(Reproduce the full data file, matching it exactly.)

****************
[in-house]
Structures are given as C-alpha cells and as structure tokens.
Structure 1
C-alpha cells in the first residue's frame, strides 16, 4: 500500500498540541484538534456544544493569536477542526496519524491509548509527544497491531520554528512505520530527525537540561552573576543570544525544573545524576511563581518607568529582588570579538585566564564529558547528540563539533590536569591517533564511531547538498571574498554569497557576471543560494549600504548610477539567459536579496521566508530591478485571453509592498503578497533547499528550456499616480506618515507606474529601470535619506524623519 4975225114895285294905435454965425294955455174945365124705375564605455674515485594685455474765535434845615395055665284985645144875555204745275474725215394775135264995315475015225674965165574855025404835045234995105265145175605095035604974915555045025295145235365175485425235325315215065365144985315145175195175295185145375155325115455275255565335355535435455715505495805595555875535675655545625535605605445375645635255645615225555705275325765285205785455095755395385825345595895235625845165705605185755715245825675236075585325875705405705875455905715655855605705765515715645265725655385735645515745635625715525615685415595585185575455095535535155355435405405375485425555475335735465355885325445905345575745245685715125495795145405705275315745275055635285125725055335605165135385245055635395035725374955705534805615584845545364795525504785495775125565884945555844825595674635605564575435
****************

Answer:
[in-house]
Structures are given as C-alpha cells and as structure tokens.
Structure 1
C-alpha cells in the first residue's frame, strides 16, 4: 500500500498540541484538534456544544493569536477542526496519524491509548509527544497491531520554528512505520530527525537540561552573576543570544525544573545524576511563581518607568529582588570579538585566564564529558547528540563539533590536569591517533564511531547538498571574498554569497557576471543560494549600504548610477539567459536579496521566508530591478485571453509592498503578497533547499528550456499616480506618515507606474529601470535619506524623519 4975225114895285294905435454965425294955455174945365124705375564605455674515485594685455474765535434845615395055665284985645144875555204745275474725215394775135264995315475015225674965165574855025404835045234995105265145175605095035604974915555045025295145235365175485425235325315215065365144985315145175195175295185145375155325115455275255565335355535435455715505495805595555875535675655545625535605605445375645635255645615225555705275325765285205785455095755395385825345595895235625845165705605185755715245825675236075585325875705405705875455905715655855605705765515715645265725655385735645515745635625715525615685415595585185575455095535535155355435405405375485425555475335735465355885325445905345575745245685715125495795145405705275315745275055635285125725055335605165135385245055635395035725374955705534805615584845545364795525504785495775125565884945555844825595674635605564575435